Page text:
Tuesday, October 15, 2013

The Blue Castle by L.M. Montgomery

The Blue Castle by L.M. Montgomery is one of my all-time favorites, so I decided it was time for a reread.

Valancy Sterling wakes up on the morning of her 29th birthday and realizes that she has nothing to live for. Her life to that point has been one of nearly unendurable monotony: she lives in genteel poverty with her mother and an elderly cousin, looked down on by every member of her extended family because she is an old maid. Her only joy in life is her imaginary "Blue Castle," where she leads a rich fantasy life of adventure and romance. But on this birthday morning, she feels it is time to face reality. One of the ways she does this is by going to see Dr. Trent, a heart specialist, about some pain she has been having. She does this without telling her mother or any of her family, as she dreads the fuss and advice of her family. But Dr. Trent's diagnosis, sent a few days later by mail, turns Valancy's world upside down: she is dying, with perhaps a year to live if she is careful. Valancy is not afraid of death, but she resents the fact that she is dying when she's never really had a chance to live -- so she decides that, for the time she has left, she will do whatever she wants, without worrying about her family's opinions or reactions. She goes to nurse an old school friend who is dying of consumption, even though her friend is the daughter of the town drunk and disgraced for having a child out of wedlock. She befriends the notorious Barney Snaith, a man with a mysterious past and an unconventional present way of life. She buys new clothes, reads whatever she wants, and does whatever she pleases. Her family thinks Valancy has gone mad. And then, Valancy does something even more outrageous: she asks Barney to marry her . . .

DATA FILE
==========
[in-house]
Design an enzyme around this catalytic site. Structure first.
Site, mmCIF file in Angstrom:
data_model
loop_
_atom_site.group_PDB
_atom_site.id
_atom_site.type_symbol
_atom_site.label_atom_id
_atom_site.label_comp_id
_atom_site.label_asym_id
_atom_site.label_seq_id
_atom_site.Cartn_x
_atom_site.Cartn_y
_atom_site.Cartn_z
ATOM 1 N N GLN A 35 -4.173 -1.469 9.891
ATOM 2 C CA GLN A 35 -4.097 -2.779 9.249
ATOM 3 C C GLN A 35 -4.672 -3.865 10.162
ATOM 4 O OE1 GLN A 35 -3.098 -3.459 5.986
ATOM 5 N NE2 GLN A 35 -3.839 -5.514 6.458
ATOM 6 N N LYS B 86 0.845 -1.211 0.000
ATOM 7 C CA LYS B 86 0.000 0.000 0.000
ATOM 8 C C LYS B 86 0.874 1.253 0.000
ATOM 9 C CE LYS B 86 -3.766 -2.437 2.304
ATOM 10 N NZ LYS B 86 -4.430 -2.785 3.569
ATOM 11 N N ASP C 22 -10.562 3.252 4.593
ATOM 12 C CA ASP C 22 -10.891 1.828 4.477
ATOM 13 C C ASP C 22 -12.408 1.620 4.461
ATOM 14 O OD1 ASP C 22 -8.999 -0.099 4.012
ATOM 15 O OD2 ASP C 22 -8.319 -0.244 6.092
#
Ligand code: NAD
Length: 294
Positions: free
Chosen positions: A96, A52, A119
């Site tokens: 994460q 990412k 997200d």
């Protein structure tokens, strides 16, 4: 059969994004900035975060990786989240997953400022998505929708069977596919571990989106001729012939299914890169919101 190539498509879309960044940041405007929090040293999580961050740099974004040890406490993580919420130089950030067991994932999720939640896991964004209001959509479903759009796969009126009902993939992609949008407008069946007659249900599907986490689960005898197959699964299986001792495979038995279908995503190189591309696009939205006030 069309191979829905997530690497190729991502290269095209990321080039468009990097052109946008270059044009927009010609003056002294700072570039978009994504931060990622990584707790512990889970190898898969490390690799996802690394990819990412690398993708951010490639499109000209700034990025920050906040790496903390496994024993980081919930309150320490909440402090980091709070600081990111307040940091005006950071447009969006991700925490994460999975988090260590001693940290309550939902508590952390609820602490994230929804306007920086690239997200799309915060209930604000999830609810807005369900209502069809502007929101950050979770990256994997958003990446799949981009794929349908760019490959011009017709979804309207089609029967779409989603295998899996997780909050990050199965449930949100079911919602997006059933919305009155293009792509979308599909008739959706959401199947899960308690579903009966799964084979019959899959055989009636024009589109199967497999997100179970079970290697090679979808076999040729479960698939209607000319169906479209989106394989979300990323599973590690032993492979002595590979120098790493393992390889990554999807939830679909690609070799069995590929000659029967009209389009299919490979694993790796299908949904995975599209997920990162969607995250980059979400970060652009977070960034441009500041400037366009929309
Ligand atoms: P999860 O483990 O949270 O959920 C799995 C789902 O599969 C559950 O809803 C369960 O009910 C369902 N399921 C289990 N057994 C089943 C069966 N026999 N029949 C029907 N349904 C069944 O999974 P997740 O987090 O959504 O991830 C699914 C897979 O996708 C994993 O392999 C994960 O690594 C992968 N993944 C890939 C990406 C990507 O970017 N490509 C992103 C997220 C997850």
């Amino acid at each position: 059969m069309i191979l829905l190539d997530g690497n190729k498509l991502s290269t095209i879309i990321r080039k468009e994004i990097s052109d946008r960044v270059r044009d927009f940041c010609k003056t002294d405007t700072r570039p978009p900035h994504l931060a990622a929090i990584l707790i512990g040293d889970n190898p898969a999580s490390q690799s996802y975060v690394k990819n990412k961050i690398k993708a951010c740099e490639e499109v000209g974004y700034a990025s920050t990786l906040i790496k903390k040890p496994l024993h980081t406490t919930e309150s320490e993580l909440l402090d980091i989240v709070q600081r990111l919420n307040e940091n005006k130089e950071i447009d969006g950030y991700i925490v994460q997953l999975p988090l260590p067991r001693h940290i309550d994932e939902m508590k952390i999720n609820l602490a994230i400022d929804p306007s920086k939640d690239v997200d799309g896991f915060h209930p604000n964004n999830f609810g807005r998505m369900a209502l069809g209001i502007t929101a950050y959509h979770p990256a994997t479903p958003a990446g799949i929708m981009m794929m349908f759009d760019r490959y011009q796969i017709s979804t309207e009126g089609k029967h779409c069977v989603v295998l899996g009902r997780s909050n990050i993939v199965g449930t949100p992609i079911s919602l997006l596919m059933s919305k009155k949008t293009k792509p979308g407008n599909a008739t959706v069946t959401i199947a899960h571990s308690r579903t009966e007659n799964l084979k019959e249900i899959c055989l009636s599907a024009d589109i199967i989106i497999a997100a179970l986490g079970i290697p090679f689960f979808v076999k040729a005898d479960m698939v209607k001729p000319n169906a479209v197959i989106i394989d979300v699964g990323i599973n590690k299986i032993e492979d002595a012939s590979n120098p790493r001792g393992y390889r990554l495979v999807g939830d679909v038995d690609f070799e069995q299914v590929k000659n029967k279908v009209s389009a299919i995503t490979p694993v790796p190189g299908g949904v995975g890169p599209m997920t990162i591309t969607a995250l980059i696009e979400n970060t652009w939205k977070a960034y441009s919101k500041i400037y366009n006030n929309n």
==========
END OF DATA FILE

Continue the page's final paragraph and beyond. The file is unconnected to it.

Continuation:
I don't know how I could objectively review this book; I've read it more times than I can count. I love the characters, the humor, the descriptions of nature, the wacky plot twists at the end of the book that manage to bring everything together. There's definitely romance -- a sort of sweet, unconventional one -- but the story is less about the romance and more about Valancy coming to terms with what she wants from life and bucking the rather ridiculous conventions of her day. This is my favorite Montgomery novel, and I definitely recommend it!

(Reviewed from my personally purchased copy.)


  1. Replies
    1. It's interesting: this is not one of Montgomery's best-known books, but whenever I mention it to other readers, I often find other fervent supporters of it.